Economic costs of asthma: $56 billion a year
Numbers of asthma sufferers increasing in U.S.
With May being designated Asthma Awareness Month, the EPA is using the occasion to help individuals control their symptoms and to shine the spotlight on several asthma management programs that have proven effective.
26 million people in U.S. with asthma
Asthma is a national epidemic, affecting nearly 26 million people, including seven million children and disproportionally affecting low income and minority communities. The EPA says the economic costs of asthma amounts to more than $56 billion per year from direct medical costs and indirect costs, such as missed school and work days.
EPA Acting Administrator Bob Perciasepe said the number of people diagnosed with asthma is increasing every year, despite efforts by the EPA to limit environmental triggers through strengthening the national standard for fine particle pollution (soot) and finalizing the Mercury and Air Toxics Standards (MATS), which the agency estimates will help avoid 130,000 cases of aggravated asthma by 2013.
The agency singled out the following programs which won 2013 National Environmental Leadership Award in Asthma Management awards:
- Greenville Health System (Greenville, S.C.): A multidisciplinary, multilingual, family-centered program that is able to, with partner collaboration, provide medical care, case management, school/daycare visits, and environmental control home visits for over 4,000 children and adolescents with asthma, especially those who have limited access to health care.
- Parkview Health (Fort Wayne, Ind.): The program addresses the growing incidence of asthma-related illnesses in the communities they serve. Support services, resources and age-appropriate educational information on asthma are provided. Those that are a part of the Emergency Department Asthma Call Back Program, including a high number of low-income individuals, are provided home visits to assess and minimize environmental asthma triggers.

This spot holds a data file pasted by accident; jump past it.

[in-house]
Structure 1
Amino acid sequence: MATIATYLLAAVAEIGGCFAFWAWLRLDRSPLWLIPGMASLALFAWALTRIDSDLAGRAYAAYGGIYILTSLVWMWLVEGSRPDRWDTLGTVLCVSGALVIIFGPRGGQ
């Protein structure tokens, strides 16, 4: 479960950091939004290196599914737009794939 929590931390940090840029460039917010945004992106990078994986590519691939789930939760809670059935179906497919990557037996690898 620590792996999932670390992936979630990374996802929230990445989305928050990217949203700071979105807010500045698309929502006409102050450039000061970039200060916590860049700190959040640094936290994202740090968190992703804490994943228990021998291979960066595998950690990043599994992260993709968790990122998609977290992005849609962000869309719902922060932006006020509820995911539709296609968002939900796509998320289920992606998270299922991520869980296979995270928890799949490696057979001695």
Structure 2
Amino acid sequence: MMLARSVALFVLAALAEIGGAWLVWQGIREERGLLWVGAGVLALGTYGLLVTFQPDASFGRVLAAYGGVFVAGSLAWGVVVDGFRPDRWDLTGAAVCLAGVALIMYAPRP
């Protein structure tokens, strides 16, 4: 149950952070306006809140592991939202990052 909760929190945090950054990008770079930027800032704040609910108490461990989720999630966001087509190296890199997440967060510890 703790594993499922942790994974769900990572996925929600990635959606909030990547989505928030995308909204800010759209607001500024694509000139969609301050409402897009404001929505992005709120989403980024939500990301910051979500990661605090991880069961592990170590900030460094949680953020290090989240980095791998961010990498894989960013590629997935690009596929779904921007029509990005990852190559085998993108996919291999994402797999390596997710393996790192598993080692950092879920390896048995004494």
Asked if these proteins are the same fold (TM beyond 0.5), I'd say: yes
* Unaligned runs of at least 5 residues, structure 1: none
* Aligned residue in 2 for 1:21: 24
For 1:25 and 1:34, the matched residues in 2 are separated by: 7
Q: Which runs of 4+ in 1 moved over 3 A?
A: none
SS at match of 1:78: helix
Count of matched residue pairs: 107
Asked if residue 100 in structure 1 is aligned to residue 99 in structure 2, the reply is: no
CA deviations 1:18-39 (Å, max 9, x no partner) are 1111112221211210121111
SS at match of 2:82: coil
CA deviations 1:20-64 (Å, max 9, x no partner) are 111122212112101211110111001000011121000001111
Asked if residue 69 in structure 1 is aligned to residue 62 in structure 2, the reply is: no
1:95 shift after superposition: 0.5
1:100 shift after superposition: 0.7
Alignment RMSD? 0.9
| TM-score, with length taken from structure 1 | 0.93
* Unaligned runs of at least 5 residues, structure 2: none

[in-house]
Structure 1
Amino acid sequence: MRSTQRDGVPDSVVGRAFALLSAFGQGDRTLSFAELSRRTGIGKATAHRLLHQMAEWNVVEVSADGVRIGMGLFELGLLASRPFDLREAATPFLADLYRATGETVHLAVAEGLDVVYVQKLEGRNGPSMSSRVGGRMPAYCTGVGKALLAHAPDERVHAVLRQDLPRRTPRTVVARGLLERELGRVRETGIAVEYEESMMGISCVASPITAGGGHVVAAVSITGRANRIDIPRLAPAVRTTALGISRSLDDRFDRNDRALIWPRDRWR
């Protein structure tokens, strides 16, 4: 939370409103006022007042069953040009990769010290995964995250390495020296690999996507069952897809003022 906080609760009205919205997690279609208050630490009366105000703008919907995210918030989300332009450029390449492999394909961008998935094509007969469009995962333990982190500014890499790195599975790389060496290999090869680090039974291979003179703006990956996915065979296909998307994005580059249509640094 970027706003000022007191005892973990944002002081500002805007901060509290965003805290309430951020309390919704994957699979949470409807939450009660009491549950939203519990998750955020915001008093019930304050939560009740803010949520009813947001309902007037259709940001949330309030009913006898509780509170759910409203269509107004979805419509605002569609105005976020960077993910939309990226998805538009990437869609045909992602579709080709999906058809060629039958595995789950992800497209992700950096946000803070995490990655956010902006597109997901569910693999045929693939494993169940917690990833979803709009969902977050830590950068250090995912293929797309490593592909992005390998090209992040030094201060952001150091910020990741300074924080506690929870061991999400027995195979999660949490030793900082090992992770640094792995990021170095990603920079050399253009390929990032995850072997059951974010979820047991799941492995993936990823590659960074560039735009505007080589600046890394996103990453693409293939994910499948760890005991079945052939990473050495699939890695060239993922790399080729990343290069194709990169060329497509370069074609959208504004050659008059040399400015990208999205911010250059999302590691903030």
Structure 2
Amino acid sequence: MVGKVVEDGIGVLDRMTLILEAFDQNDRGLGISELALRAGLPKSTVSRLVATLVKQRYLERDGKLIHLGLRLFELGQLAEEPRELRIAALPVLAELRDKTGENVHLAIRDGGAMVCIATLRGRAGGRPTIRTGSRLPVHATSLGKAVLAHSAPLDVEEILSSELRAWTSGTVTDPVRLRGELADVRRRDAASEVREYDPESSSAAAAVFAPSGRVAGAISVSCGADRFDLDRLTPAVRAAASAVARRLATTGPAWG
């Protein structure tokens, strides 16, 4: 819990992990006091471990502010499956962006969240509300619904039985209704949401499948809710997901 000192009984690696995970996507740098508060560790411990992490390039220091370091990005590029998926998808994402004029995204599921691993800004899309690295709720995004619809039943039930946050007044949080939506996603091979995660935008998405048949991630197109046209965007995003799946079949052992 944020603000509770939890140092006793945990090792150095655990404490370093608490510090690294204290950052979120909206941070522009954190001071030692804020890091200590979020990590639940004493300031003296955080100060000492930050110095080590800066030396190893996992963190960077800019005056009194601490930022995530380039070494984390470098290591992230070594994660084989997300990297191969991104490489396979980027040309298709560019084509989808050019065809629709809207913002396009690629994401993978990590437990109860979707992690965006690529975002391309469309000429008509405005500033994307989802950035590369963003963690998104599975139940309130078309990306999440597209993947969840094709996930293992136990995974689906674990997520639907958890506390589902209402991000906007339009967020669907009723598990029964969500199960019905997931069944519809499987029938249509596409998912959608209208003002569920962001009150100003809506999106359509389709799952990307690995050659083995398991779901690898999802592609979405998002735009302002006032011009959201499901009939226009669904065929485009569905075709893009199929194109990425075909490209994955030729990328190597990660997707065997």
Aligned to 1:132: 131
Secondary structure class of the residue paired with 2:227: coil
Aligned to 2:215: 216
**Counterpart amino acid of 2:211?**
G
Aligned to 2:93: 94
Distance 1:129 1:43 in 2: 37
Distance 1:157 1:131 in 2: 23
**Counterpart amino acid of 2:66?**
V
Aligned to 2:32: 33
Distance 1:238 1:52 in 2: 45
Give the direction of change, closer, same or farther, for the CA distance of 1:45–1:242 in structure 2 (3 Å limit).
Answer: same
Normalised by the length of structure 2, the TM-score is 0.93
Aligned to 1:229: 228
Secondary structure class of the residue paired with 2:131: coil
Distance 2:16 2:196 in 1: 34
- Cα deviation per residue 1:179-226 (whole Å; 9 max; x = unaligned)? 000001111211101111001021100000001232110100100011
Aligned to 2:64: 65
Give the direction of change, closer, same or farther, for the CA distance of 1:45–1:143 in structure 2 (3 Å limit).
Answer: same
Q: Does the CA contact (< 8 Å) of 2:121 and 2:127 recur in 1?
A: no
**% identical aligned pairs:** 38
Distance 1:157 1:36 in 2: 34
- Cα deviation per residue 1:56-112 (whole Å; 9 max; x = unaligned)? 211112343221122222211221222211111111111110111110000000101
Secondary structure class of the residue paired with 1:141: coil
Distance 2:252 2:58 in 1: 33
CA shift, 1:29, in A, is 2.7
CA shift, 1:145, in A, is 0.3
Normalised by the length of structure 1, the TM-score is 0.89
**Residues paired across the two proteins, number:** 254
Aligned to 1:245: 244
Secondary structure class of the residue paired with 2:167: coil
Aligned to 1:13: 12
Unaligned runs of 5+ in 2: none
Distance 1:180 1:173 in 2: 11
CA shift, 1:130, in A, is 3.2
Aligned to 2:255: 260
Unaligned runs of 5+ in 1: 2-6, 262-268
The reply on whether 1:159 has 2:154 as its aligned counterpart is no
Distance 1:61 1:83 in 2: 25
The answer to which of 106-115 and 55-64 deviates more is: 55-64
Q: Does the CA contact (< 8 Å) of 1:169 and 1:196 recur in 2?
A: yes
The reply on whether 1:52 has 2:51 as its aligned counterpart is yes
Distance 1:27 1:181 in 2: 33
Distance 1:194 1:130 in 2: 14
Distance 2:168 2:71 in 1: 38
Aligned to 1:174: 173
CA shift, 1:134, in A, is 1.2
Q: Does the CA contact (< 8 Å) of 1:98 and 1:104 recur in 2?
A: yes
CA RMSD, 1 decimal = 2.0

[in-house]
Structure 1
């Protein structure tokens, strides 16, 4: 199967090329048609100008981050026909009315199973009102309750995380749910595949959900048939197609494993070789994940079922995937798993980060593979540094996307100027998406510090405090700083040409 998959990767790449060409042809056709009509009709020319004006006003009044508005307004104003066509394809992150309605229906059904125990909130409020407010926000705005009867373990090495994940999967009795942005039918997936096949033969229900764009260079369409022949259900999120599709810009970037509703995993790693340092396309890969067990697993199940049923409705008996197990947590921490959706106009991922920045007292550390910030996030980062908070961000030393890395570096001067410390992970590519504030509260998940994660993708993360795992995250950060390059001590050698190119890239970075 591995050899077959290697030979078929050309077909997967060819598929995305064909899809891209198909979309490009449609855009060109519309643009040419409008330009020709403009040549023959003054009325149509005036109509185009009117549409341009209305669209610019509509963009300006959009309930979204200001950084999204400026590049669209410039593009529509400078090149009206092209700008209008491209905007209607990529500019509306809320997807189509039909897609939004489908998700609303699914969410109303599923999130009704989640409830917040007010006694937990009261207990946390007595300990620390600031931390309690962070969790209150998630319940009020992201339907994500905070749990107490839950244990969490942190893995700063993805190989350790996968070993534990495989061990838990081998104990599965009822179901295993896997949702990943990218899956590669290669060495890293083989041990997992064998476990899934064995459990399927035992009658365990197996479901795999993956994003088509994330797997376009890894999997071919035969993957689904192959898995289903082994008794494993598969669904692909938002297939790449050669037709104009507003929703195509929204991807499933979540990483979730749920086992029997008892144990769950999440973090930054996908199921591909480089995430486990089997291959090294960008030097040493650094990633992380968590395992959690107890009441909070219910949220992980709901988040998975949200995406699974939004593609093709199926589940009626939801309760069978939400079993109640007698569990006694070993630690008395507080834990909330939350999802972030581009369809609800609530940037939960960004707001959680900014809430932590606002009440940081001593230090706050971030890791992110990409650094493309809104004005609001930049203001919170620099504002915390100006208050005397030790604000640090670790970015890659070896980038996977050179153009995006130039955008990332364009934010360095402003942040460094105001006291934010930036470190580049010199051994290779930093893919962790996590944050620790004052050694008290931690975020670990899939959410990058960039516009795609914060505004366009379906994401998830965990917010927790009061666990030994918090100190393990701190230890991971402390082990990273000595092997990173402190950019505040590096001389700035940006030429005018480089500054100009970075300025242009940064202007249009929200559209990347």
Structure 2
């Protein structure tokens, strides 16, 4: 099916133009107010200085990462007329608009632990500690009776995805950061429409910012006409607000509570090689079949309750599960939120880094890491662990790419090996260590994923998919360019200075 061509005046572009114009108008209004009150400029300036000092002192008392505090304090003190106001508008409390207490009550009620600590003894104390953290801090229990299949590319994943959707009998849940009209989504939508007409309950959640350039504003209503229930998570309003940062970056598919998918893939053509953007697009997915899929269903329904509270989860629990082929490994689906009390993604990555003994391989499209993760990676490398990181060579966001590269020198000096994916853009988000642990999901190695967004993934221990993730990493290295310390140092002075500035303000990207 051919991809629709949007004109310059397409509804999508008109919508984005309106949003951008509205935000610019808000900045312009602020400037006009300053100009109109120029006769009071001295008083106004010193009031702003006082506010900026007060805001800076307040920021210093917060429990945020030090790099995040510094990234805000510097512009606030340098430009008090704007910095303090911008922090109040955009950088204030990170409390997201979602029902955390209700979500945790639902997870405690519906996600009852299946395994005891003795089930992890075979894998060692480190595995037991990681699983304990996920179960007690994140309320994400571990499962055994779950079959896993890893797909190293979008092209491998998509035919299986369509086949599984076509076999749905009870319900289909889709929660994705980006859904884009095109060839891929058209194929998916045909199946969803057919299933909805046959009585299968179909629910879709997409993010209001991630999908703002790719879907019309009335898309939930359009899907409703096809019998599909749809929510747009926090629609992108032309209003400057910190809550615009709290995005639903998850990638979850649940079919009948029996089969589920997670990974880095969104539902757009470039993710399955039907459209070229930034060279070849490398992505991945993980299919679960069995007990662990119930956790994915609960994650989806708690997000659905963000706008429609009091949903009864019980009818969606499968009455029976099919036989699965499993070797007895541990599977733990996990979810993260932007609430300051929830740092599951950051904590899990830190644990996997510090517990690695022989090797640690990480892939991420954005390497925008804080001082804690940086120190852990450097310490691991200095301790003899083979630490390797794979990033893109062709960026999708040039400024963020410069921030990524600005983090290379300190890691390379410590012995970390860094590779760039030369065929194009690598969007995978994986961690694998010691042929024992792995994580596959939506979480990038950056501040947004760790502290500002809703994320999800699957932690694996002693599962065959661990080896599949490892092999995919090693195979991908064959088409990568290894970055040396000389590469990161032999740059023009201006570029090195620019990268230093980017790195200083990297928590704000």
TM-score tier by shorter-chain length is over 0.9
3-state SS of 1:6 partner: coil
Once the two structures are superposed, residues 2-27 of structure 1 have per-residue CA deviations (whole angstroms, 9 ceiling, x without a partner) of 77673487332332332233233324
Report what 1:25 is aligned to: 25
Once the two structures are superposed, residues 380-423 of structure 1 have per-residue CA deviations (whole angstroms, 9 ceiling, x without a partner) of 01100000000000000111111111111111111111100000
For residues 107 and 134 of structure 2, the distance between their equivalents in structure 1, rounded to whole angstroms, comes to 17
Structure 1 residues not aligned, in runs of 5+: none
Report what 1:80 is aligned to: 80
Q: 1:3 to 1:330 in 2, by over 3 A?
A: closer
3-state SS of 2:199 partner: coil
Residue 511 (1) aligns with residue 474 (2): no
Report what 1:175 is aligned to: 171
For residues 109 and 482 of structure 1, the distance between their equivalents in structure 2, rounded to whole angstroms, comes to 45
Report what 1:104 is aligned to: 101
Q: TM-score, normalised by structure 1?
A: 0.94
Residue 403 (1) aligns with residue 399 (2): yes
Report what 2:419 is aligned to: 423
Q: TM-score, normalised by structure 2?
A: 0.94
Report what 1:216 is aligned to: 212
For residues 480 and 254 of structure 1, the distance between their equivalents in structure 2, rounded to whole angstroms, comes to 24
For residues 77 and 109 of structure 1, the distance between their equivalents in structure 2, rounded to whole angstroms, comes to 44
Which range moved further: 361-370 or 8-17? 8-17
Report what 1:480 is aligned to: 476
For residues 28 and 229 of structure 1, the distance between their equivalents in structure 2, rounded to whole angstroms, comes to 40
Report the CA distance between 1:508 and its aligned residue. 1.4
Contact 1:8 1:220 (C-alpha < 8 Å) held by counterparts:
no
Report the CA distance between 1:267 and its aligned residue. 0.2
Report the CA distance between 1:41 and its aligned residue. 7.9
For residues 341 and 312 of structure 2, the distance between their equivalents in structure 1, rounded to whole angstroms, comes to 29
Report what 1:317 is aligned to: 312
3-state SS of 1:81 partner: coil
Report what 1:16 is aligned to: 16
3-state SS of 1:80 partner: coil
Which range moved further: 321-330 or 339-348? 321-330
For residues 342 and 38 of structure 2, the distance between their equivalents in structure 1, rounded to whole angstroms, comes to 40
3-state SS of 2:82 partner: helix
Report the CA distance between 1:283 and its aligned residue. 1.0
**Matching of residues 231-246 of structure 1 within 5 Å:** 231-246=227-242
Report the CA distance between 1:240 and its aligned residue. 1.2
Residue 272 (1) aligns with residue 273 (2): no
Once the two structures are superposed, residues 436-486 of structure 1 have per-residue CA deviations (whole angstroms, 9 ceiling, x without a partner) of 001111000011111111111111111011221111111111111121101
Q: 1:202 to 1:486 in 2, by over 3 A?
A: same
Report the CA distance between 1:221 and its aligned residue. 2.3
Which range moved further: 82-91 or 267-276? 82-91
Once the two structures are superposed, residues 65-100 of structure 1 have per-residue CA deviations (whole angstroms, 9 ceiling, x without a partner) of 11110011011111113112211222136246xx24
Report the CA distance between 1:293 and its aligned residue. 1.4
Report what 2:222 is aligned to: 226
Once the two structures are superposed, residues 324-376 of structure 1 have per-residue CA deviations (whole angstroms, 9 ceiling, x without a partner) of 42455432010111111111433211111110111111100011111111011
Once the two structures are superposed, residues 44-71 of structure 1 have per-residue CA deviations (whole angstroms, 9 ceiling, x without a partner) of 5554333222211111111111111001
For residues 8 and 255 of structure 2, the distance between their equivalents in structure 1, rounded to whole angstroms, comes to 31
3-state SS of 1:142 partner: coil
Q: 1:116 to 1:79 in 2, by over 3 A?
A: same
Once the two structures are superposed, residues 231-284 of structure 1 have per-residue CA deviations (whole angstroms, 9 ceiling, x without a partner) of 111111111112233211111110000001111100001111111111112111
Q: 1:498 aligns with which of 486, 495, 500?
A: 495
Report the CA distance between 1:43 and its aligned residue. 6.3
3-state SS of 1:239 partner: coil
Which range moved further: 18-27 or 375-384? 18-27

- North East Independent School District (San Antonio, Texas): The urban, diversified school district’s Asthma Awareness Education Program targets the more than 8,000 students with asthma and provides direct case management strategies including counseling with families, home visits, coordination with asthma specialists, and asthma education.
Americans who suffer from asthma can learn to control their symptoms and still maintain active lifestyles with these three simple steps:
1. Identify asthma triggers and avoid them. Air pollution, dust mites, secondhand smoke, mold, pests, pet dander can trigger asthma attacks. Identify and avoid personal asthma triggers – different people are affected differently. Work with your doctor to identify and avoid your triggers.
2. Create an asthma action plan. An asthma action plan will enable you to monitor your asthma on a daily basis and communicate important information about your personal asthma triggers and asthma control strategies. Ask your doctor to assist you in creating an asthma action plan.
3. Pay attention to air quality. Exposure to ozone and particle pollution can cause asthma attacks. When air quality is low, people with asthma may want to stay indoors, use air conditioning instead of open windows, and avoid outdoor activity. Check local air quality conditions and download an Air Quality Index app for smart phones.
For more information about asthma and environmental triggers and the 2013 National Environmental Leadership Award winners: http://www.epa.gov/asthma
View the Air Quality Index and download the free mobile app: airnow.gov
Join the conversation by using #asthma in your social media posts and view these videos that feature well-known athletes with asthma: Jerome Bettis youtu.be/xegEGTsndcY, Chris Draft youtu.be/KG1TCHHzalE